On December 24, even before the start of the full-scale Russian aggression, activists of the Sphere NGO staged a street performance near the Russian Consulate in Kharkiv, “Hell’s Mykolaiia”. The action was conceived as a peaceful statement against the escalation of Russian aggression, and turned out to be both expressive and provocative.
The activists came to the consulate building with original gifts to Russian President Vladimir Putin. The gift set included a textbook on the history of Ukraine, the UN Human Rights Convention, a trip to the Veliky Ustyug, a pair of skis, white slippers, a game of “Sea Battle”, a suitcase, a brain and many other useful things. Each gift had its own symbolic meaning: for example, a trip to Veliky Ustyug invited the Russian president to develop his vast and undeveloped territories instead of threatening Ukraine, the human rights convention simply reminded of its existence, and the game “Sea Battle” probably foretold the future of the Russian warship.
At the beginning, the organizer of the performance Anna Sharyhina told about Hell’s Mykolaiia – she is the one who comes to the ones who’ve been bad (a kind of feminist manifestation of St. Nicholas or Mykolai in Ukrainian). In this way, the president of the aggressor state was made aware of what Ukrainian society, and in particular the LGBT+ community, thought about Russia’s increase in military forces and the concentration of troops at the border. Then other activists spoke, explaining the symbolic meaning of each gift.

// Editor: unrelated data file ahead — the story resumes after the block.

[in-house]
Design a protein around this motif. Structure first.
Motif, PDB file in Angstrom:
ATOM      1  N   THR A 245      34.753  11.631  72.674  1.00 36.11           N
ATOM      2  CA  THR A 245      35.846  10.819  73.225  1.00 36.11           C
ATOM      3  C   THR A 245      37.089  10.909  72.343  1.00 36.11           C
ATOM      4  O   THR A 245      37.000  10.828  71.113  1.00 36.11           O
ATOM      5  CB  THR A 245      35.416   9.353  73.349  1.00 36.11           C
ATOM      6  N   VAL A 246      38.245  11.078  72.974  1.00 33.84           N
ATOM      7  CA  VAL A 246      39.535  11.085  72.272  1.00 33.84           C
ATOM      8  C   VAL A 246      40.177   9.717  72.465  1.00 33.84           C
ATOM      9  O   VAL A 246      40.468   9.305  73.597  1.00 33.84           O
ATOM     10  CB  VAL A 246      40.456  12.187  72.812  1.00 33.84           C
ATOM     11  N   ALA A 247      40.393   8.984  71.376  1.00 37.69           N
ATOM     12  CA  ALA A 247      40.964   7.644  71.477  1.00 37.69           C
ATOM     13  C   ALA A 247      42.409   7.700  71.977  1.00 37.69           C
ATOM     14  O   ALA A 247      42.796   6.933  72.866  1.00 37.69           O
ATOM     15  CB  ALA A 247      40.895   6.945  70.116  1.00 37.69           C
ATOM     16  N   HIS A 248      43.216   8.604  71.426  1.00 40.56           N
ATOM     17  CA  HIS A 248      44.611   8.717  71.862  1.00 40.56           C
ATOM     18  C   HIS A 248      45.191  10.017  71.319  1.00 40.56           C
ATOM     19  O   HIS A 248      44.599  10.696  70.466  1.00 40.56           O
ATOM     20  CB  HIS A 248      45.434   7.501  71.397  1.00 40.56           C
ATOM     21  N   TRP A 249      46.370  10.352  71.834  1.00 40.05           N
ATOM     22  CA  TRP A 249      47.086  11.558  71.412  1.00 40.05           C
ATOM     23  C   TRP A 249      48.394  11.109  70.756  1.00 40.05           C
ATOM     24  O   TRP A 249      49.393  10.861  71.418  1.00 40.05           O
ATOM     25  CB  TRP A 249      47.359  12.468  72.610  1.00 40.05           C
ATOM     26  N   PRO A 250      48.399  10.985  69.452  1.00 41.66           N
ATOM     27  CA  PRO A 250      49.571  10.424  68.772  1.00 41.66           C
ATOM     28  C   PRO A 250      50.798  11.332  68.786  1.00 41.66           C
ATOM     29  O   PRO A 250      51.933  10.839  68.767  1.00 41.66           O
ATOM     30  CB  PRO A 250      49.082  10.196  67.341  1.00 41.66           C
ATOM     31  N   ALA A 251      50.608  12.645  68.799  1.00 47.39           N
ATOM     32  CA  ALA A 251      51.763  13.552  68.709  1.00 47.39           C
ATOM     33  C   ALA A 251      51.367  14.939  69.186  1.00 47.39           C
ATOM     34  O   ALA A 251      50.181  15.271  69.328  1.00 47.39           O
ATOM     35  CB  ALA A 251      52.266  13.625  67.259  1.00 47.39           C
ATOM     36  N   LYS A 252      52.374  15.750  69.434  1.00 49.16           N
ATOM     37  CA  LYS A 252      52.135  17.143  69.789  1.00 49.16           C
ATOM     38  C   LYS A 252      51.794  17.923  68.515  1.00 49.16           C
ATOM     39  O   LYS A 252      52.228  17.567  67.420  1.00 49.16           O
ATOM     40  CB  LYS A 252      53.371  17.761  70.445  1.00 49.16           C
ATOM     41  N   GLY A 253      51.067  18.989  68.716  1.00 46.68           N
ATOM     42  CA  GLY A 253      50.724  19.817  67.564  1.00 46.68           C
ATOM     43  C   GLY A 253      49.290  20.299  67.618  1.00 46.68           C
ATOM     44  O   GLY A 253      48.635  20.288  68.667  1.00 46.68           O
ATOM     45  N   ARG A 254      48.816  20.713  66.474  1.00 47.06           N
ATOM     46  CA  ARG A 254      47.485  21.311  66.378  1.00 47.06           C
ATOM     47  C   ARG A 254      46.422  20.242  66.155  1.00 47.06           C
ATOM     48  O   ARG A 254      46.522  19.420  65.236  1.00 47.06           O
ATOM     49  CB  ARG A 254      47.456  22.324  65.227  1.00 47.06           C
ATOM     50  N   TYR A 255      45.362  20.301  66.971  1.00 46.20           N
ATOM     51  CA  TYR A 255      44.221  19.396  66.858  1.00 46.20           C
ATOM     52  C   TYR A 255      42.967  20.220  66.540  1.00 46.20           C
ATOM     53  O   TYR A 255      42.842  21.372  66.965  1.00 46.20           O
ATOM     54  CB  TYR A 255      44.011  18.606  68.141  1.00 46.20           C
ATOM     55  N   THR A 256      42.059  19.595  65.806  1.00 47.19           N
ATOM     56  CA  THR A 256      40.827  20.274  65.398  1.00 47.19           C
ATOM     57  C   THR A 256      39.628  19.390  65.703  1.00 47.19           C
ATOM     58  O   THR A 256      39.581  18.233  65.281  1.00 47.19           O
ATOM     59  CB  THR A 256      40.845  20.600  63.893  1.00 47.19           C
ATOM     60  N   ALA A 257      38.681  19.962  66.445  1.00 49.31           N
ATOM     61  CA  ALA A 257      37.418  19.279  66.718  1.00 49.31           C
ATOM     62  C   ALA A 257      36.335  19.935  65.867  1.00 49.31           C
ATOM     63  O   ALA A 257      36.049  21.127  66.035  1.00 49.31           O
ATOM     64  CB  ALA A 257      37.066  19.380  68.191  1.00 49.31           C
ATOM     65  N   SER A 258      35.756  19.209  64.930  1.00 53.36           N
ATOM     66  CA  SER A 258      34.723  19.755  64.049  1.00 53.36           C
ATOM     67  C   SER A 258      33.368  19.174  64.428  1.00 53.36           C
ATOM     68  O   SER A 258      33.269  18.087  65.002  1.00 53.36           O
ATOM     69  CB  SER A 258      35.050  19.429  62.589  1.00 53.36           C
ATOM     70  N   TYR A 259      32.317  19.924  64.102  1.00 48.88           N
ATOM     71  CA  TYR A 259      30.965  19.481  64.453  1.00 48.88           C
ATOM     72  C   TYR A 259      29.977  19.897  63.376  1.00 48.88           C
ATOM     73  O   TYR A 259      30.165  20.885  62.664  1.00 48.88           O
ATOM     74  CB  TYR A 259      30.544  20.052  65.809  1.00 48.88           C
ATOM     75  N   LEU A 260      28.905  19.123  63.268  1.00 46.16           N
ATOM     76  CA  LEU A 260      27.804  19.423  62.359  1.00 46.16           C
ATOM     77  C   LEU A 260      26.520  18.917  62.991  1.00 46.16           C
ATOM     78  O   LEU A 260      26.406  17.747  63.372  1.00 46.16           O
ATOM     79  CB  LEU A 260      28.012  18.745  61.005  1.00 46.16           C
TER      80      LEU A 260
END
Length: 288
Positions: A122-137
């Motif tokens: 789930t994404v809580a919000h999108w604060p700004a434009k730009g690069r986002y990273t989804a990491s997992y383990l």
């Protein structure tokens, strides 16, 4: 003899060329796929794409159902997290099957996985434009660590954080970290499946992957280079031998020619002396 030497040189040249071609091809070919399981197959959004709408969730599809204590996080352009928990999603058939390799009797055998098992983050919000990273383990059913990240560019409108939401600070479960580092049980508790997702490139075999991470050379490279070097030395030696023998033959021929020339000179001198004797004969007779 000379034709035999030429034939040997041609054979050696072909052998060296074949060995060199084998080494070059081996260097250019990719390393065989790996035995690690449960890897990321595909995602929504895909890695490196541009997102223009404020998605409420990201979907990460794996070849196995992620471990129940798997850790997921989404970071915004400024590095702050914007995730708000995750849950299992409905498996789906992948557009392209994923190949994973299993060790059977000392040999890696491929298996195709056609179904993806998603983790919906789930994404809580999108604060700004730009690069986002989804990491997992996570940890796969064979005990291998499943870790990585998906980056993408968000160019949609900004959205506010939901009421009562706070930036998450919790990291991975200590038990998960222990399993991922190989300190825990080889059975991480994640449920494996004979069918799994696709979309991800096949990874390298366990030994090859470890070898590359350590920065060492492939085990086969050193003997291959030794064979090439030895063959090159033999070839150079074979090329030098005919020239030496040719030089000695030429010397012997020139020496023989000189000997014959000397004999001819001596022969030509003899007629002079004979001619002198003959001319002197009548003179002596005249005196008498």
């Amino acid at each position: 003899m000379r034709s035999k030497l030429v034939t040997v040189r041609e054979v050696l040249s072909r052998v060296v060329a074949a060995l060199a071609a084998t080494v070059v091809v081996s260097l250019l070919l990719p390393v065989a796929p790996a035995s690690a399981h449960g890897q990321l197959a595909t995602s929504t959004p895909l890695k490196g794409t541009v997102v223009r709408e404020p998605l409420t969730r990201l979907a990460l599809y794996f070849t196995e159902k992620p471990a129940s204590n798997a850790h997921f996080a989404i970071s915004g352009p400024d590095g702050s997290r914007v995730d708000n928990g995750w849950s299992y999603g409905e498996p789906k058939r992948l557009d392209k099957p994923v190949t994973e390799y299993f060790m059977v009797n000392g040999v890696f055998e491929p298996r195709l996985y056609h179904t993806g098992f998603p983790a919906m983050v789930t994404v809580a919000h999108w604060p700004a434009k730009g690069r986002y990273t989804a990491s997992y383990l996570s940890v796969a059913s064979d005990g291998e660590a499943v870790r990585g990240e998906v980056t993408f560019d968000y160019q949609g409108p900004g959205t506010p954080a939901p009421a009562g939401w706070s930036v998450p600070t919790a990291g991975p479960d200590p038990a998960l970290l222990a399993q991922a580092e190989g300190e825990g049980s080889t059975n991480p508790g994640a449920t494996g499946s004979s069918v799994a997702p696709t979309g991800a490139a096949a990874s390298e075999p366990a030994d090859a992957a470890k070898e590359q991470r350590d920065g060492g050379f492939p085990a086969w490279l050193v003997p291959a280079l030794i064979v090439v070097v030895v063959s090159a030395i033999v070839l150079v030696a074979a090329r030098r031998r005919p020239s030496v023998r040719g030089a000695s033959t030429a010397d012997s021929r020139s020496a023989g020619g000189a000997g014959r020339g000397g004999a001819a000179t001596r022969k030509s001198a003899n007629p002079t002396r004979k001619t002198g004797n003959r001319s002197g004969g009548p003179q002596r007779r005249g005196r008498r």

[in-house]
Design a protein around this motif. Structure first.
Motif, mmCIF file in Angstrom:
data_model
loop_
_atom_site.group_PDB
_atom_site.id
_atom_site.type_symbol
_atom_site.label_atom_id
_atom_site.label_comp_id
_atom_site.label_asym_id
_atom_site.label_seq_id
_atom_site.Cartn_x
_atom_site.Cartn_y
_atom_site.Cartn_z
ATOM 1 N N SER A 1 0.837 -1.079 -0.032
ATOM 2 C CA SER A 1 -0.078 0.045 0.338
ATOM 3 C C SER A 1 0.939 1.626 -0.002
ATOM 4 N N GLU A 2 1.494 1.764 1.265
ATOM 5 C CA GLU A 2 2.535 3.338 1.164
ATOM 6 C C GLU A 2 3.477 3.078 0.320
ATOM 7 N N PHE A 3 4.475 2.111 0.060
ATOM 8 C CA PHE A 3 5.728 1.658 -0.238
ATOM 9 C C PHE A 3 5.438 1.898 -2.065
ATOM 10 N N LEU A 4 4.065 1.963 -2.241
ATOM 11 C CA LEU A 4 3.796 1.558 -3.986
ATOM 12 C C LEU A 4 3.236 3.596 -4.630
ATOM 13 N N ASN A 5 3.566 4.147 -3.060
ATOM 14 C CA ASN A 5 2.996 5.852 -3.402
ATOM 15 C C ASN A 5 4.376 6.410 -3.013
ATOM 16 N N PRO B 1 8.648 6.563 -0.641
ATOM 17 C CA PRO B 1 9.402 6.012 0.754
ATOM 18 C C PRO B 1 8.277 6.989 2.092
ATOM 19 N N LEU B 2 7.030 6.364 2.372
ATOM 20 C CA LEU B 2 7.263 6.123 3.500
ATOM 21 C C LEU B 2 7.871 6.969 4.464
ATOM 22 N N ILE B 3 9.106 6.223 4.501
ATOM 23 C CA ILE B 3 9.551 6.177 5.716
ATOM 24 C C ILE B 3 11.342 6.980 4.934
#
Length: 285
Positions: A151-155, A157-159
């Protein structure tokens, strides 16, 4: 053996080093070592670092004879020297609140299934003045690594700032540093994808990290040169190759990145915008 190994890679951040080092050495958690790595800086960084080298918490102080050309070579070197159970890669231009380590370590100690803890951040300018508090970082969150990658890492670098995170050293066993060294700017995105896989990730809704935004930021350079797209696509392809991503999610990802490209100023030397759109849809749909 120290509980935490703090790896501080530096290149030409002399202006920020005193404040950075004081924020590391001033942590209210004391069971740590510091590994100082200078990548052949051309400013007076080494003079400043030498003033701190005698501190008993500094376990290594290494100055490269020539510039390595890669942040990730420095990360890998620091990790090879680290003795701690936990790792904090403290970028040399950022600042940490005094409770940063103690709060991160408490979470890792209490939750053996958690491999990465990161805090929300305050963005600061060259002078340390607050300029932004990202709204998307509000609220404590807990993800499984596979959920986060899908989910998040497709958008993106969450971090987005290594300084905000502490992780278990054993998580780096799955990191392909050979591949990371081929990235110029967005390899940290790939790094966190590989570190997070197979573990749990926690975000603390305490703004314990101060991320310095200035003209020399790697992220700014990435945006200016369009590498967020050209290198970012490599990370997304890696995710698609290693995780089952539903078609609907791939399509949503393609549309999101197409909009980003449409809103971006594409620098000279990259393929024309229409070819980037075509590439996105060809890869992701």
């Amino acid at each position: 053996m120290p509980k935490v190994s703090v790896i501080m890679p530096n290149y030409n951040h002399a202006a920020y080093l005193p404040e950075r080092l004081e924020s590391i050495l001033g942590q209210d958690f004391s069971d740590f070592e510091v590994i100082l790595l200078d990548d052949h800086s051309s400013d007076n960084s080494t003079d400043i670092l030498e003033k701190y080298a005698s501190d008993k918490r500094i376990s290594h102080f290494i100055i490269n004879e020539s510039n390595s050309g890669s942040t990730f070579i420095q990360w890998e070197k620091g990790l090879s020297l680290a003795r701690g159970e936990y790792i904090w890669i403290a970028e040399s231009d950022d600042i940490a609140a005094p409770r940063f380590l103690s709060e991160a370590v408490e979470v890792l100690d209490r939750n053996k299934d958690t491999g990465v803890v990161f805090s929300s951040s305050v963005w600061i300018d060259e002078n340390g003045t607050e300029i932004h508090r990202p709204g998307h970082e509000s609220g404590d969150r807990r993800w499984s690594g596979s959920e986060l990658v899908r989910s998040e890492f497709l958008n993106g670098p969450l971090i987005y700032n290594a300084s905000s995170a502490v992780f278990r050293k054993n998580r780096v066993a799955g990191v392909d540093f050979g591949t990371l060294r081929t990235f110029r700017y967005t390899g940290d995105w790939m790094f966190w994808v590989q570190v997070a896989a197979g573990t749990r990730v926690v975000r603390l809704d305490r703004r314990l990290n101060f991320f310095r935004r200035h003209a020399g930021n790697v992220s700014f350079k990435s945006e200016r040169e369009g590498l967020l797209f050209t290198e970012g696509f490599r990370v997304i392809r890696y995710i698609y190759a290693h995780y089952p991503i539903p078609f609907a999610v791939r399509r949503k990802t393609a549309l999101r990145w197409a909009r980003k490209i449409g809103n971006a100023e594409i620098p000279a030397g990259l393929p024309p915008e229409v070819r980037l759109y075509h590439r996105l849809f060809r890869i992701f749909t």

The performance was accompanied by a queer choir, which performed under the consulate building the famous song by Pussy Riot “Virgin Mary, Putin is banished”, translated into Ukrainian. In total, about 15 activists took part in the performance. One of the participants was a volunteer Elya Shchemur, who later tragically died during the Russian shelling. Elya volunteered at the Kharkiv Region Defence Headquarters and was hit by Russian bombs. She was one of the first to volunteer to help the defenders of Kharkiv.
Employees of the Russian consulate also joined the action as much as they could: they tried to find out “who is in charge here”, took photos of each participant and inspected each item in the gift box. Later, in addition to Ukrainian news and newspapers, the performance was shown on the Russian socio-political show “60 Minutes” with Olga Skabeeva. And, although it is impossible to reach Russian propaganda, the community’s opinion on the escalation of Russian aggression was very accurate and timely.